Cindy Blackstock has done great work on behalf of Indigenous children. But her recent call for “a lot more” academics “willing to get into trouble” rings hollow considering her role at McGill and anti-Palestinian associations.
Blackstock has done as much as anyone to highlight and redress discrimination against indigenous children. She’s helped secure healthcare rights for indigenous children and a massive federal settlement for Indigenous welfare.
As such, progressives rightly celebrate her. Many lefty academics shared a recent University Affairs profile in which Blackstock says “academia and activism should co-exist” and calls for hiring “a lot more people who are willing to get into trouble.” The professor in McGill University’s school of social work added, “Academic freedom provides us with a space to stand in the wings of discrimination in a way that’s not available to other people.”
Blackstock’s employer has repeatedly celebrated her recently. In December the McGill Reporter published a story headlined “Cindy Blackstock awarded SSHRC’s [Social Sciences and Humanities Research Council] highest honour”. Two weeks ago, Blackstock was the keynote speaker at McGill’s Bravo Gala and last year she was awarded McGill’s Principal’s Prize for Public Engagement.
During the seven years Blackstock has been at McGill’s school of social work the university administration has waged a campaign against Palestinian solidarity. After 71% of undergraduate students voted for a March 2022 resolution committing the Students’ Society of McGill University (SSMU) to take a stand against Israel’s system of racial discrimination, the administration threatened to terminate its Memorandum of Agreement with SSMU, which regulates fees, use of name and other matters between the university and student union.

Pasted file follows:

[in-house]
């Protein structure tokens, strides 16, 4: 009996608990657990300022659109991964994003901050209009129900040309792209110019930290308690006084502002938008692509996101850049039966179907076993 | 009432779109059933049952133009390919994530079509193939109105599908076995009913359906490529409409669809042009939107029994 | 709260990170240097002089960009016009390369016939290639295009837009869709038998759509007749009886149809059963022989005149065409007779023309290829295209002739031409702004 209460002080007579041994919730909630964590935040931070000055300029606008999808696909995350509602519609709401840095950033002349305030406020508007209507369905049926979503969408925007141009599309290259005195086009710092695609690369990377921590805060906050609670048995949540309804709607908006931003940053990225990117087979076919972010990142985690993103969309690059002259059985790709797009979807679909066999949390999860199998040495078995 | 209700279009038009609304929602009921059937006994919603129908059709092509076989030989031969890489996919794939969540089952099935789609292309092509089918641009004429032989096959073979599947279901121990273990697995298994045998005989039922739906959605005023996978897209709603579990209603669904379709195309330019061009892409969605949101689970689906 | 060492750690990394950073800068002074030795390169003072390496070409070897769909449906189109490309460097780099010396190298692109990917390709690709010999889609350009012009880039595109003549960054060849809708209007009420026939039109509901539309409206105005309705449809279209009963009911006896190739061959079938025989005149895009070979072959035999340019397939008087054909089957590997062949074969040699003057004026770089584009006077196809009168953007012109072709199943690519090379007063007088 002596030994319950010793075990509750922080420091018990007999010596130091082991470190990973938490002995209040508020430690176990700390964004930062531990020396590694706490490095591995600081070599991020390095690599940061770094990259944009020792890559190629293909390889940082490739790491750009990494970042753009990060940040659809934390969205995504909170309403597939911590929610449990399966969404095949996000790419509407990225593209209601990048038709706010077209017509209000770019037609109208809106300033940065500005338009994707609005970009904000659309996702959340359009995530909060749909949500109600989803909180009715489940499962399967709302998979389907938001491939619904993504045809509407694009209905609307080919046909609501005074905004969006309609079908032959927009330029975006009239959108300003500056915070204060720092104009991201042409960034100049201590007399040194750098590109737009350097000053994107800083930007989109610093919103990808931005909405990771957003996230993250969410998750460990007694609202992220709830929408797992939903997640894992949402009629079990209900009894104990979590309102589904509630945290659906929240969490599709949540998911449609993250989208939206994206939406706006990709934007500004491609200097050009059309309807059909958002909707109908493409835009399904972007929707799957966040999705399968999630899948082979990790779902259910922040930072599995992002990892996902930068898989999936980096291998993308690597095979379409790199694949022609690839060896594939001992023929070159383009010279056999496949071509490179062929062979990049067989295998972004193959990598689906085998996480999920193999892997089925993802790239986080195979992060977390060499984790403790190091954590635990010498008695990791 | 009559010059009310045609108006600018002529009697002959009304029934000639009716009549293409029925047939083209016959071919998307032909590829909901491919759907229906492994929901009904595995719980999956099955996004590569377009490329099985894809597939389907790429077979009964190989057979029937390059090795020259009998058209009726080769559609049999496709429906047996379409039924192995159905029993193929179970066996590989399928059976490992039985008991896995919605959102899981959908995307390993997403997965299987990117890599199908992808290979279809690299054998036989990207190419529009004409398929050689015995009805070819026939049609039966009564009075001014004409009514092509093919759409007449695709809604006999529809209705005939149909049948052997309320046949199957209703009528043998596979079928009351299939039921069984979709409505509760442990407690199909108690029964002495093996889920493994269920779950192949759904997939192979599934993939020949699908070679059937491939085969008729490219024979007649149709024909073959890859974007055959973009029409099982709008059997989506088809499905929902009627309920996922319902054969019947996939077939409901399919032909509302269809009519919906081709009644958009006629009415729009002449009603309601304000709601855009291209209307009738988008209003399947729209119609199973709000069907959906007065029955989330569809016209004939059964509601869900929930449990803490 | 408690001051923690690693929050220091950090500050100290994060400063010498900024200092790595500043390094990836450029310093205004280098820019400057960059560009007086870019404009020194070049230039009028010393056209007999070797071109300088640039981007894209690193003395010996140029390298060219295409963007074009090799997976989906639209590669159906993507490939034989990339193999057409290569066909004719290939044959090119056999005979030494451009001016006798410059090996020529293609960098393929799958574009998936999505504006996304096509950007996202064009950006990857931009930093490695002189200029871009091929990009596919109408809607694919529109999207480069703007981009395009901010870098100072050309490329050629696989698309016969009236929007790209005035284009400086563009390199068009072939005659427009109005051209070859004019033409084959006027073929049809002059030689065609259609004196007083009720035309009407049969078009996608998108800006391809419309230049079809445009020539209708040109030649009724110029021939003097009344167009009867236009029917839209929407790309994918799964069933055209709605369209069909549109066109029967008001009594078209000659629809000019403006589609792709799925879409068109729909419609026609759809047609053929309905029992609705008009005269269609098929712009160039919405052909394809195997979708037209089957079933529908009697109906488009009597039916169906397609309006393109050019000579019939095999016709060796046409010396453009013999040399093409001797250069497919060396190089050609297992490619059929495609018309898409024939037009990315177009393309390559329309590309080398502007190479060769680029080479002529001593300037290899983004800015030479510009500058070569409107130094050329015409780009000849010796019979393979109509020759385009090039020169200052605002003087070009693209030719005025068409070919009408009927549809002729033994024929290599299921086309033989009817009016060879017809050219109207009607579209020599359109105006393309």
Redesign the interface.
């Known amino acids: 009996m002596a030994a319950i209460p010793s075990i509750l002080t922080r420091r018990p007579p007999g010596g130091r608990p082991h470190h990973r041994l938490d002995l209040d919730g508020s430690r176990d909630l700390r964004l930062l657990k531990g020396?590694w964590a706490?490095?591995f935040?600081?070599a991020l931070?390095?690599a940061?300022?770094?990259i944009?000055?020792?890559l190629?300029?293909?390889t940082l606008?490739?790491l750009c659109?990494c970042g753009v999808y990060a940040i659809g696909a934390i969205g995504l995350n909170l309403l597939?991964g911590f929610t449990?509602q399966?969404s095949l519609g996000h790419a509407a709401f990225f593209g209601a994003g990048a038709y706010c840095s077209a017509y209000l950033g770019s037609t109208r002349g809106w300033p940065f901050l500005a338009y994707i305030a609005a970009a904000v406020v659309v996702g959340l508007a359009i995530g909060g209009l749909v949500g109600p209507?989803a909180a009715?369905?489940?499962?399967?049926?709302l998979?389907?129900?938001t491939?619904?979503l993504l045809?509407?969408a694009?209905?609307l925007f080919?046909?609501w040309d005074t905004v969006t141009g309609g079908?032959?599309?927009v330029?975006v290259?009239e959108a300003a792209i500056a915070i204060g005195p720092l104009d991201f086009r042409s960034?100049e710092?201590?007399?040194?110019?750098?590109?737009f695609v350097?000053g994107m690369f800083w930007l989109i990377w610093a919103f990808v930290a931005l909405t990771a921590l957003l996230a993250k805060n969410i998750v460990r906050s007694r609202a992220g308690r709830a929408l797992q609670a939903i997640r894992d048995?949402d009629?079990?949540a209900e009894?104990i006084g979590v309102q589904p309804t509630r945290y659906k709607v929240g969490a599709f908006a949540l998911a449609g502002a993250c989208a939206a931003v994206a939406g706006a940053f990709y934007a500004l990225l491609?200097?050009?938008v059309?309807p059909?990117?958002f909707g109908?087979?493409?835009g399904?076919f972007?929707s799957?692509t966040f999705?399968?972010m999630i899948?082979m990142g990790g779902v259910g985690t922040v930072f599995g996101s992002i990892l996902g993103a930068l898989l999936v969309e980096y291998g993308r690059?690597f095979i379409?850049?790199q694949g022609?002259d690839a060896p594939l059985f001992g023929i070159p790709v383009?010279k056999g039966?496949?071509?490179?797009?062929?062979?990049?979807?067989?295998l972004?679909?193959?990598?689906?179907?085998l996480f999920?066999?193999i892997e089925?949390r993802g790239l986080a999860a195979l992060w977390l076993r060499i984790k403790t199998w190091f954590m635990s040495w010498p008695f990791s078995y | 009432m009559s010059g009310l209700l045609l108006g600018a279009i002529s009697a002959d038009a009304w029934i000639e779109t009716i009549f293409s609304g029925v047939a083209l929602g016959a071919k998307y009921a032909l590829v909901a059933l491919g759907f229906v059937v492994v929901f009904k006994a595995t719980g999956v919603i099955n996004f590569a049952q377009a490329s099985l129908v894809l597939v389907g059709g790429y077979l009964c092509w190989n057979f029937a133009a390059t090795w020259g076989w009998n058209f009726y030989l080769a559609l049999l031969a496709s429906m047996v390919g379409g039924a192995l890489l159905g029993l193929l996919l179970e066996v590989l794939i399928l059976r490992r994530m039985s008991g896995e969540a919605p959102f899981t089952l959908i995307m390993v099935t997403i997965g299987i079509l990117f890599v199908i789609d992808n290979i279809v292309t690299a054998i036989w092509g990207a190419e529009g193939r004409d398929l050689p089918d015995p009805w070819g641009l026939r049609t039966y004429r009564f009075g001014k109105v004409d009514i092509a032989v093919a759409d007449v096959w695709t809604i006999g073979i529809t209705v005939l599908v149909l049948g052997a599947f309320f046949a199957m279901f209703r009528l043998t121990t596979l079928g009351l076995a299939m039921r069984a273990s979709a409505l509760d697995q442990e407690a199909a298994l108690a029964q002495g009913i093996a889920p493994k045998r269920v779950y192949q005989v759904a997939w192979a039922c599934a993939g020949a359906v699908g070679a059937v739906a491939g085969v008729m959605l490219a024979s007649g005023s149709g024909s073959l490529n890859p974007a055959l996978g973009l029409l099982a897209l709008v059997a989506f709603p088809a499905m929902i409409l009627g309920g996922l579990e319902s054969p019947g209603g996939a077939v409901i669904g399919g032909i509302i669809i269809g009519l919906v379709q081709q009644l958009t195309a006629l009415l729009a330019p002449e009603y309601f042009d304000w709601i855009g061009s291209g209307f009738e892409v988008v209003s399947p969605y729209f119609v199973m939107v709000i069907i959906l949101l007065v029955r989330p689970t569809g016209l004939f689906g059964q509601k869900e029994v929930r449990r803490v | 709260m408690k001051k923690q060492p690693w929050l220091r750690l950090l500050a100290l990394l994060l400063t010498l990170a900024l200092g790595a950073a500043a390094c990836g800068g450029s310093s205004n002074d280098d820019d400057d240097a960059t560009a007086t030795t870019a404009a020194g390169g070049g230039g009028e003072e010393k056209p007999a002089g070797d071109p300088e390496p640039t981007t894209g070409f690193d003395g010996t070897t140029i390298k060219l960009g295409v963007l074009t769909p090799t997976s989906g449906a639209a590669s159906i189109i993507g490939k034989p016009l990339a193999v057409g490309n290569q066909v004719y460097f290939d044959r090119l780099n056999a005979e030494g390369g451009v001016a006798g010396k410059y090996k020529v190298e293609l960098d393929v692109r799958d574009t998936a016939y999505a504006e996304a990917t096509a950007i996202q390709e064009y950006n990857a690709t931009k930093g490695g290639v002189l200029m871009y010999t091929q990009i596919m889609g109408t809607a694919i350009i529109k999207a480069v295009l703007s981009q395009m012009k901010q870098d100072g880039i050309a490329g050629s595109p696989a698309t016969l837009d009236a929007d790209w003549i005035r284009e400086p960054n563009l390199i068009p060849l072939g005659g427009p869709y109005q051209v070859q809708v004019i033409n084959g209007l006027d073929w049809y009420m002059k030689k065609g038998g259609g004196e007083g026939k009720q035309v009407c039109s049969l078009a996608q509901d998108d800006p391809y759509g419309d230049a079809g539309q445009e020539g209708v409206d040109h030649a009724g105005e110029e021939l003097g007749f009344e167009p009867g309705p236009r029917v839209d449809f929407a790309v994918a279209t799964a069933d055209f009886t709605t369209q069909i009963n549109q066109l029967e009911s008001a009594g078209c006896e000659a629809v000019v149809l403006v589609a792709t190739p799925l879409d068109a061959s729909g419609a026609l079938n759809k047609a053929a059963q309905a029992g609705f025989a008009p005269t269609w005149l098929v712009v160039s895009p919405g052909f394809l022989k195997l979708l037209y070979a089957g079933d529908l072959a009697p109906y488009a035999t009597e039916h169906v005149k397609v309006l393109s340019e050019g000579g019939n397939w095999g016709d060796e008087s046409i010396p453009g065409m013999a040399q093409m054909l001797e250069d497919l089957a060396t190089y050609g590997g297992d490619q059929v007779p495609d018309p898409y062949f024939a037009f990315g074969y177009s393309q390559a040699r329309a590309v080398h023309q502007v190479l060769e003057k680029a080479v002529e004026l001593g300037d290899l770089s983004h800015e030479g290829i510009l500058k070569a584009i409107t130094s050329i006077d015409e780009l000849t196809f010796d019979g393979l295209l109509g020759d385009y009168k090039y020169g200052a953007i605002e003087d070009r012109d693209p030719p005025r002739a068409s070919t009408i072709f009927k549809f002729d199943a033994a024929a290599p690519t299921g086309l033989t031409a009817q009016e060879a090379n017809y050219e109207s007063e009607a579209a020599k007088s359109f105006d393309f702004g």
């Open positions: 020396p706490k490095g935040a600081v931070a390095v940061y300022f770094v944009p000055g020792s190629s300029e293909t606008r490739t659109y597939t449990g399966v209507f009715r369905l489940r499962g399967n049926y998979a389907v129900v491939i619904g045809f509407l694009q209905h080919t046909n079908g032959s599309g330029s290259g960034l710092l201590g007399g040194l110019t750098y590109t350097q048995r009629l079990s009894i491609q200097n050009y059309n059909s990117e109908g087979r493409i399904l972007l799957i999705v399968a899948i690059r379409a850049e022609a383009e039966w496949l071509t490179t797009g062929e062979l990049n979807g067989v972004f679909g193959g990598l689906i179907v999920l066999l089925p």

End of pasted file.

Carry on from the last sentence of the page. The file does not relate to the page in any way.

In response to the administration’s anti-democratic and anti-Palestinian threats, students organized rallies while 103McGill faculty and staff as well as many alumni, outside groups and internationally recognized individuals signed multiple public letters. On the eve of Roger Waters’ July performance at Montreal’s Bell Centre, the rock legend participated in a widely covered event supporting the McGill student group Solidarity for Palestinian Human Rights (SPHR). A few days after B’nai Brith announced it was funding a lawsuit against SSMU and SPHR McGill Waters even wrote a column defending the students headlined, “On human rights, McGill University, students and free speech”.
To the best of my knowledge Blackstock has remained silent about the administration’s attacks on student democracy and Palestine solidarity. While unfortunate, maybe this could be justified on the need to stay focused considering the devastation inflicted on First Nations. But Blackstock has lent her name to an aggressively anti-Palestinian organization set up by Canada’s leading anti-Palestinian.
Blackstock is a senior fellow at the Raoul Wallenberg Centre for Human Rights, which was founded by Irwin Cotler. The former McGill law professor continues to chair it and his daughter Gila is its CEO.
As I detailed in this two-year-old article that mentioned Blackstock, the Raoul Wallenberg Centre has taken anti-Palestinian positions and generally promotes human rights only where it serves the US Empire. It’s hard to believe she’s unaware of the Centre’s statements and activities or Cotler’s positions.
It’s sad that Blackstock has aligned with a pro-apartheid organization. It’s also hypocritical of her to call on academics to “get into trouble” while failing to challenge flagrant injustice on her own campus.
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